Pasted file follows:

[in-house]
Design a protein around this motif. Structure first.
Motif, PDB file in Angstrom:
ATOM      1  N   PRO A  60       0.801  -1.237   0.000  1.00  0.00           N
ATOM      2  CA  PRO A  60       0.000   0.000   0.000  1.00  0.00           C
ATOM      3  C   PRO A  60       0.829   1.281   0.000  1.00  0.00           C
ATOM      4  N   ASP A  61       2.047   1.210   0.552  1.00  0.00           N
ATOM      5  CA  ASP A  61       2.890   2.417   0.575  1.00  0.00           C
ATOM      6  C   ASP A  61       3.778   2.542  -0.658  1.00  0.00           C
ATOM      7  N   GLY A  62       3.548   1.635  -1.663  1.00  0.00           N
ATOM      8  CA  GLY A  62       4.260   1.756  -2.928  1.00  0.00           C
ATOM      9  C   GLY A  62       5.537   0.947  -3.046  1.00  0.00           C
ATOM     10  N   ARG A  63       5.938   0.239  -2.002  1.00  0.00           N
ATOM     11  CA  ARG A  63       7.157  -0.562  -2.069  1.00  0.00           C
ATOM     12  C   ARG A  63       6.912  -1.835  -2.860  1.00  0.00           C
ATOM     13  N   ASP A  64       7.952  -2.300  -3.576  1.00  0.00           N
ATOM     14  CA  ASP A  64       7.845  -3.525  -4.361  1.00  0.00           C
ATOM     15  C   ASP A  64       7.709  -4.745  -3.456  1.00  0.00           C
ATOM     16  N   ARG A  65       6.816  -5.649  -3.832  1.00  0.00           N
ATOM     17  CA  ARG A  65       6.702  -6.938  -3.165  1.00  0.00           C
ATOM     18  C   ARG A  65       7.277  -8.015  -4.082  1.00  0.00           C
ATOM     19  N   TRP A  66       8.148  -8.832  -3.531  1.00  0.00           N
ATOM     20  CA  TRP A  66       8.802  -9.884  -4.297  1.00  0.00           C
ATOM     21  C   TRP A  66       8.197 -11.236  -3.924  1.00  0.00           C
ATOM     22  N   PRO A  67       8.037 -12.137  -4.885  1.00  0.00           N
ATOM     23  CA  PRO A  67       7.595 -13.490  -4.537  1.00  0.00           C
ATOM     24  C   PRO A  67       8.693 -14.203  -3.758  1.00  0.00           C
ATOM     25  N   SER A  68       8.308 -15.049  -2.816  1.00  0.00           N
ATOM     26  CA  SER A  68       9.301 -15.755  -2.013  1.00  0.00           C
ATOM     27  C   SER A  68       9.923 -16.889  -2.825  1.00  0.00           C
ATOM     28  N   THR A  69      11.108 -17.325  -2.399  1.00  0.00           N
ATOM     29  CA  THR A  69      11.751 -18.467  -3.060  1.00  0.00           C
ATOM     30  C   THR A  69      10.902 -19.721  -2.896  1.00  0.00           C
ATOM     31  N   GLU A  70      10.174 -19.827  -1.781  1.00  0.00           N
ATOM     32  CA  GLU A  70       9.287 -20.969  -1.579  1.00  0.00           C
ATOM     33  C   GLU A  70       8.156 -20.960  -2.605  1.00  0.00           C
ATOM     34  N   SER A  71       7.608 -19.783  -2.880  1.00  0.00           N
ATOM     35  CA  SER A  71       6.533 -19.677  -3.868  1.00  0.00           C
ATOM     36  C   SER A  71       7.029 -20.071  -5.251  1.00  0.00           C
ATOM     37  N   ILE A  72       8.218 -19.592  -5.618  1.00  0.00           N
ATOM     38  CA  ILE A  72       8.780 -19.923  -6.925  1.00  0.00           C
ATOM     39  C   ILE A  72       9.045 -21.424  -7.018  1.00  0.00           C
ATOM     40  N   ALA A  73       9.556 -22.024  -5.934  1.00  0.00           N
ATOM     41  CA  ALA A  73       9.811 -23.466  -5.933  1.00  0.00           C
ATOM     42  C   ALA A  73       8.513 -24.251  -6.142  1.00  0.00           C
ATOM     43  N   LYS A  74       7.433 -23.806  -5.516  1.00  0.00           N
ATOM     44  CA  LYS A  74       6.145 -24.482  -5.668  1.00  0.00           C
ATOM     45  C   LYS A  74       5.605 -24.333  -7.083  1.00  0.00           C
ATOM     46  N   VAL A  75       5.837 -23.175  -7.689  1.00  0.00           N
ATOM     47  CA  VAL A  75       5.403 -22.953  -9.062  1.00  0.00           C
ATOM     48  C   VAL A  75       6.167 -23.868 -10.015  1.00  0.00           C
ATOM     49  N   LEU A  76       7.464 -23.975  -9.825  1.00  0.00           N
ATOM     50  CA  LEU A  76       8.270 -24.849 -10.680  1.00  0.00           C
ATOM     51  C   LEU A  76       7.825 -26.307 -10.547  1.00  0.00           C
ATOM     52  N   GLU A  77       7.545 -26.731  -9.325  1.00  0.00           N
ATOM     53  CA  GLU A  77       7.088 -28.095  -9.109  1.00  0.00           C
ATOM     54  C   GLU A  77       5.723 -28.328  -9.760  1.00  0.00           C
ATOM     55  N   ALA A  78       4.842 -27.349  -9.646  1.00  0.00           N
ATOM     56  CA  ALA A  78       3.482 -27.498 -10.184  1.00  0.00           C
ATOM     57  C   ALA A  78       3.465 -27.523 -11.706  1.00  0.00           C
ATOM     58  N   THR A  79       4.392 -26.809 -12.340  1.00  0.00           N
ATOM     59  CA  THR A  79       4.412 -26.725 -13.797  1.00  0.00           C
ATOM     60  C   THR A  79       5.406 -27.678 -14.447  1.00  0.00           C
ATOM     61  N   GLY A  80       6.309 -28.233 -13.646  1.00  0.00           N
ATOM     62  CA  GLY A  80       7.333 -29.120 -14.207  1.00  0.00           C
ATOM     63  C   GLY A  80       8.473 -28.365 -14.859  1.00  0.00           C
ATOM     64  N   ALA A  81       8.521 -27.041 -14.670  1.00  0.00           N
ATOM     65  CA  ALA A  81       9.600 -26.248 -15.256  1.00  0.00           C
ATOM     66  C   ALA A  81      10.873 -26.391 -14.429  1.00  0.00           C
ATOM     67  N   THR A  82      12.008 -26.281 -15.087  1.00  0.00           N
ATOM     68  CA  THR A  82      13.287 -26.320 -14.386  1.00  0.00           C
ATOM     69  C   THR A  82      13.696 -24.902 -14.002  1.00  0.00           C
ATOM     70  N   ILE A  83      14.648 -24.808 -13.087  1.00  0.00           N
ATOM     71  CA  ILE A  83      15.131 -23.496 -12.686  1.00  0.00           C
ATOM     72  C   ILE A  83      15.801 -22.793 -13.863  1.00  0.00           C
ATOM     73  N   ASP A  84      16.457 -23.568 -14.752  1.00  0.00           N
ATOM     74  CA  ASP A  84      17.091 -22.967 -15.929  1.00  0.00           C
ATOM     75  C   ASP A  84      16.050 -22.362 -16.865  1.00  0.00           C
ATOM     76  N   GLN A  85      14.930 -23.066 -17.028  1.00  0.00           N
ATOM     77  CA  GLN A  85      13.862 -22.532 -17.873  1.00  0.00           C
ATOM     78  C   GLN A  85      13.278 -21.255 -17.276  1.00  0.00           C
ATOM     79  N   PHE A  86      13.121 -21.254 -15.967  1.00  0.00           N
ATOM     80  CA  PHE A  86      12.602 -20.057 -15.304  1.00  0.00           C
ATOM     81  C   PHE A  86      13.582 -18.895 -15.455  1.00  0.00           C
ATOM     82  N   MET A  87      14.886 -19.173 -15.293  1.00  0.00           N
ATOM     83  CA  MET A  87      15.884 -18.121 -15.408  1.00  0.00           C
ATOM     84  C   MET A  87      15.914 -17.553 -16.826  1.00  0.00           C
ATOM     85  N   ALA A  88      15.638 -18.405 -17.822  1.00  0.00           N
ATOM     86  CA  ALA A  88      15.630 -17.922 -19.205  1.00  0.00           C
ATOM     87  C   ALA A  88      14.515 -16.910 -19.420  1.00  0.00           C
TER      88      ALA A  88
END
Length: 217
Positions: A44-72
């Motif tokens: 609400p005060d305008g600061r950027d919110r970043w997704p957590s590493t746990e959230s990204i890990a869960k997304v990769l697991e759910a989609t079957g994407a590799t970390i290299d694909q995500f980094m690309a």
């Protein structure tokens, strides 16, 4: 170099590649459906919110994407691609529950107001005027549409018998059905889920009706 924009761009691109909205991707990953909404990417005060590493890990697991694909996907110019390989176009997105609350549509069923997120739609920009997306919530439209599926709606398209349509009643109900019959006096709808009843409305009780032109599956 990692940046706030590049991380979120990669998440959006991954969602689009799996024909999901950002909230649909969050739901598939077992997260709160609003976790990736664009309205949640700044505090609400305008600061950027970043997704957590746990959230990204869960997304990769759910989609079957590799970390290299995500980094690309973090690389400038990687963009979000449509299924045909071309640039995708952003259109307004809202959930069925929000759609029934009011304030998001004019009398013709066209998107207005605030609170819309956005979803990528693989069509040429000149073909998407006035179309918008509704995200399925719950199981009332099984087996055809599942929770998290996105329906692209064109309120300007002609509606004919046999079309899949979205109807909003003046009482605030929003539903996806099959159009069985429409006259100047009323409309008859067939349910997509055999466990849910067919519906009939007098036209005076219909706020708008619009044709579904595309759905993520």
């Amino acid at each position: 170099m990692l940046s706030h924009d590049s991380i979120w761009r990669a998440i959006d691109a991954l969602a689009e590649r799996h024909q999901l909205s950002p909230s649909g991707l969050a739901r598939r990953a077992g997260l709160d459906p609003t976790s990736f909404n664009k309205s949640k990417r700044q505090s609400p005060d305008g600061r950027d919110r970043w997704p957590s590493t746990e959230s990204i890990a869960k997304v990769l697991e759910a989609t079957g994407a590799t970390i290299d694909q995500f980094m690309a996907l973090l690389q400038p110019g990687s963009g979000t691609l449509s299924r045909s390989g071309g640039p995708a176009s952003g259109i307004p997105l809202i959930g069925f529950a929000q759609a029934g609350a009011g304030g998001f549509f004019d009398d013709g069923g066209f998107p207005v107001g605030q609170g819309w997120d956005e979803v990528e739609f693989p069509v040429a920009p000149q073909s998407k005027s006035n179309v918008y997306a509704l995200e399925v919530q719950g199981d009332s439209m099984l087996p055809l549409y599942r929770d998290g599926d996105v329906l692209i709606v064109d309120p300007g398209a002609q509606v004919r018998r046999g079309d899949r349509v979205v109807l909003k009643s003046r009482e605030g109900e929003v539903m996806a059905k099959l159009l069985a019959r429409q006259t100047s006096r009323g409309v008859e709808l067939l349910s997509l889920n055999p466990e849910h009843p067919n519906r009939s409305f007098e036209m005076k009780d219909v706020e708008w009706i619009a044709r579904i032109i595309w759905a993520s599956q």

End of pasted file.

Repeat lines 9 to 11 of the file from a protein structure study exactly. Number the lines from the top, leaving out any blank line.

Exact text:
ATOM      6  C   ASP A  61       3.778   2.542  -0.658  1.00  0.00           C
ATOM      7  N   GLY A  62       3.548   1.635  -1.663  1.00  0.00           N
ATOM      8  CA  GLY A  62       4.260   1.756  -2.928  1.00  0.00           C